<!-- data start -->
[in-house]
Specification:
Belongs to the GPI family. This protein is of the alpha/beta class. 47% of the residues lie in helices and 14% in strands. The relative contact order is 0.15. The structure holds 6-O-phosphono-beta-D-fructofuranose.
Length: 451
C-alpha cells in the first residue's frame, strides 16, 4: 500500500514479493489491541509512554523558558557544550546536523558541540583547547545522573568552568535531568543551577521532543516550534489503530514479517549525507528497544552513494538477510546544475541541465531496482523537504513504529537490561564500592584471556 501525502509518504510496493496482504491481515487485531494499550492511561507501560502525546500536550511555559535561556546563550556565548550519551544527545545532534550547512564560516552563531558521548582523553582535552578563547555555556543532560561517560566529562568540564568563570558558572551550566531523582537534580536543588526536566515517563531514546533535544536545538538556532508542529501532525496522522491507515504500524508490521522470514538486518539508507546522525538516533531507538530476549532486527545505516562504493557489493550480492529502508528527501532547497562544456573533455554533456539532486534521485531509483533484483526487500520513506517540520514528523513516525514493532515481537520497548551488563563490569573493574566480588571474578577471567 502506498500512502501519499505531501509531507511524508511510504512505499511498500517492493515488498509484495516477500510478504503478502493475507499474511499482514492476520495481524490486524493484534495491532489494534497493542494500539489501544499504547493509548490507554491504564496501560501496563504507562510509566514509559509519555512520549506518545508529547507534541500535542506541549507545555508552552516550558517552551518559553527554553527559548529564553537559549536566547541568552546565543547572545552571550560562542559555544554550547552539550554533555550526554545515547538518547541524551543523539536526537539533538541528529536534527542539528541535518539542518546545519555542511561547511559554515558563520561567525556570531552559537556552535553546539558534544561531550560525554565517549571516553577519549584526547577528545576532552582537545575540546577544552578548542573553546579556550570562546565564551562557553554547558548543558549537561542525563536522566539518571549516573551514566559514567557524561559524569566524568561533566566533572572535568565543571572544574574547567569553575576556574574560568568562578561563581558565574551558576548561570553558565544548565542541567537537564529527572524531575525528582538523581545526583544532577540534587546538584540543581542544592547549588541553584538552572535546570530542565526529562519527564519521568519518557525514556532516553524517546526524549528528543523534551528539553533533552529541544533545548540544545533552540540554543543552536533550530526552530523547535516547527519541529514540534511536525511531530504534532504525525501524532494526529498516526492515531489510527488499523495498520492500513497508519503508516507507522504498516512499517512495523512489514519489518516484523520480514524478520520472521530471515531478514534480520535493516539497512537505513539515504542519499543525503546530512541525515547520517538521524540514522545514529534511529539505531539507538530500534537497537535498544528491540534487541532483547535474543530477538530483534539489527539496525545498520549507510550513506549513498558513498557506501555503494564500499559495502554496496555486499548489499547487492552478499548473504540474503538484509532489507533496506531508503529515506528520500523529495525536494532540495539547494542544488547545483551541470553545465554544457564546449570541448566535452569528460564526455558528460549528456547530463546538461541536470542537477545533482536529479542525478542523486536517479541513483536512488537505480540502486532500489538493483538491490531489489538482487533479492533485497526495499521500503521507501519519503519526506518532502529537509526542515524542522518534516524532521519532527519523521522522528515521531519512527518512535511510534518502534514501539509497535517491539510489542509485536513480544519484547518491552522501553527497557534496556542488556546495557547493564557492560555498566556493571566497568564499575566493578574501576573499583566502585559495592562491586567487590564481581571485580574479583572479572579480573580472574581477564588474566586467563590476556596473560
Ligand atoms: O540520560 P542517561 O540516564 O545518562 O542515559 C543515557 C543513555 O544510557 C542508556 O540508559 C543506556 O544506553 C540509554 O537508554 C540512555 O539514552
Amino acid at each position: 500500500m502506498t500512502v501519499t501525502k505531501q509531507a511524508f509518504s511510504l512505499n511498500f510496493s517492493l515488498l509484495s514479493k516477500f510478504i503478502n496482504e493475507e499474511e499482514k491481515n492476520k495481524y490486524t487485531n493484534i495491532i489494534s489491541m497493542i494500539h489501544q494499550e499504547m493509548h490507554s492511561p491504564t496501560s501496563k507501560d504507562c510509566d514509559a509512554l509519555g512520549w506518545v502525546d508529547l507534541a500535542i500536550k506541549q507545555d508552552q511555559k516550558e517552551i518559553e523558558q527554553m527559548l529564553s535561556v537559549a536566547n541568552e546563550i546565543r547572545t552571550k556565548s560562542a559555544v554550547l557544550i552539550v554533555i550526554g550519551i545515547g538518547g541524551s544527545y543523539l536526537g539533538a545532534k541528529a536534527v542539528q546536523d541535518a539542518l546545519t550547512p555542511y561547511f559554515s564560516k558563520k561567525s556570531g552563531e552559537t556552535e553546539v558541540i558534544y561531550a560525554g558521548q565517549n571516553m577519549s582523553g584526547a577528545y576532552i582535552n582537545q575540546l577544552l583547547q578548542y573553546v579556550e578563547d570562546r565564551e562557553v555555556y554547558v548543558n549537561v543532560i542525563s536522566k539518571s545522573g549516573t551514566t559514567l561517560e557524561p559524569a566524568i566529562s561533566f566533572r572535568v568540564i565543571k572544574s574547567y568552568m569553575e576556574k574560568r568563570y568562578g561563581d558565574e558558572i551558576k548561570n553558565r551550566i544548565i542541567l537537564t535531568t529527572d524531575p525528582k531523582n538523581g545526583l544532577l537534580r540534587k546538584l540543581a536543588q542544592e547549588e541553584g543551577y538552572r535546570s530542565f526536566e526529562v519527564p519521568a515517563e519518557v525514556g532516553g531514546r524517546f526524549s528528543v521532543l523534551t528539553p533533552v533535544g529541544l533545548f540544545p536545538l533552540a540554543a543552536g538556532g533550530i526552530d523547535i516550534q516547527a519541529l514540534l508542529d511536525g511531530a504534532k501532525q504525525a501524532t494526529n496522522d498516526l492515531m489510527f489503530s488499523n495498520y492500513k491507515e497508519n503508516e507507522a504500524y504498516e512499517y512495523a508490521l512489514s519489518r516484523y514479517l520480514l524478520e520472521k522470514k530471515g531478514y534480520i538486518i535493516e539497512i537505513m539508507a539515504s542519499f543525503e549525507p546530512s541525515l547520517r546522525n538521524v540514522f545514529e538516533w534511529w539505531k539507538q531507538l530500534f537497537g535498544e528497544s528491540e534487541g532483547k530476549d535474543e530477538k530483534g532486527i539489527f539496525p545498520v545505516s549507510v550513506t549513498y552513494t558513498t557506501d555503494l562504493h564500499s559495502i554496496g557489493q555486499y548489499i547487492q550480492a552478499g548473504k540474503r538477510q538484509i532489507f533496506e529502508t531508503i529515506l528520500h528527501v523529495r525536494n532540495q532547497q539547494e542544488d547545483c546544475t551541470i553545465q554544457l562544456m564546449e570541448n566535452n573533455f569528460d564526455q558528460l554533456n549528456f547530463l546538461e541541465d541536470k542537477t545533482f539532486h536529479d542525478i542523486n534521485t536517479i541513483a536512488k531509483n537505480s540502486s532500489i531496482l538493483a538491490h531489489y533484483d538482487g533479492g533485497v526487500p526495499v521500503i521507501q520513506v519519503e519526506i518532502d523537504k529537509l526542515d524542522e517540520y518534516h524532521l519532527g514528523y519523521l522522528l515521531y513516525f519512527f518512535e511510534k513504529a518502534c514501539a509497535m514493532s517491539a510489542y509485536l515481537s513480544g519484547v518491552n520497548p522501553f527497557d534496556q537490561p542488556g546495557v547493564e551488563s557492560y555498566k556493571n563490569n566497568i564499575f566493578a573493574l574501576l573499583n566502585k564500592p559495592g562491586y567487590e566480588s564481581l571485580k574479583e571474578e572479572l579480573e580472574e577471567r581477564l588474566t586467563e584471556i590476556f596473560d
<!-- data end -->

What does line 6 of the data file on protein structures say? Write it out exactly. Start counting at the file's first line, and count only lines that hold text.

Ligand atoms: O540520560 P542517561 O540516564 O545518562 O542515559 C543515557 C543513555 O544510557 C542508556 O540508559 C543506556 O544506553 C540509554 O537508554 C540512555 O539514552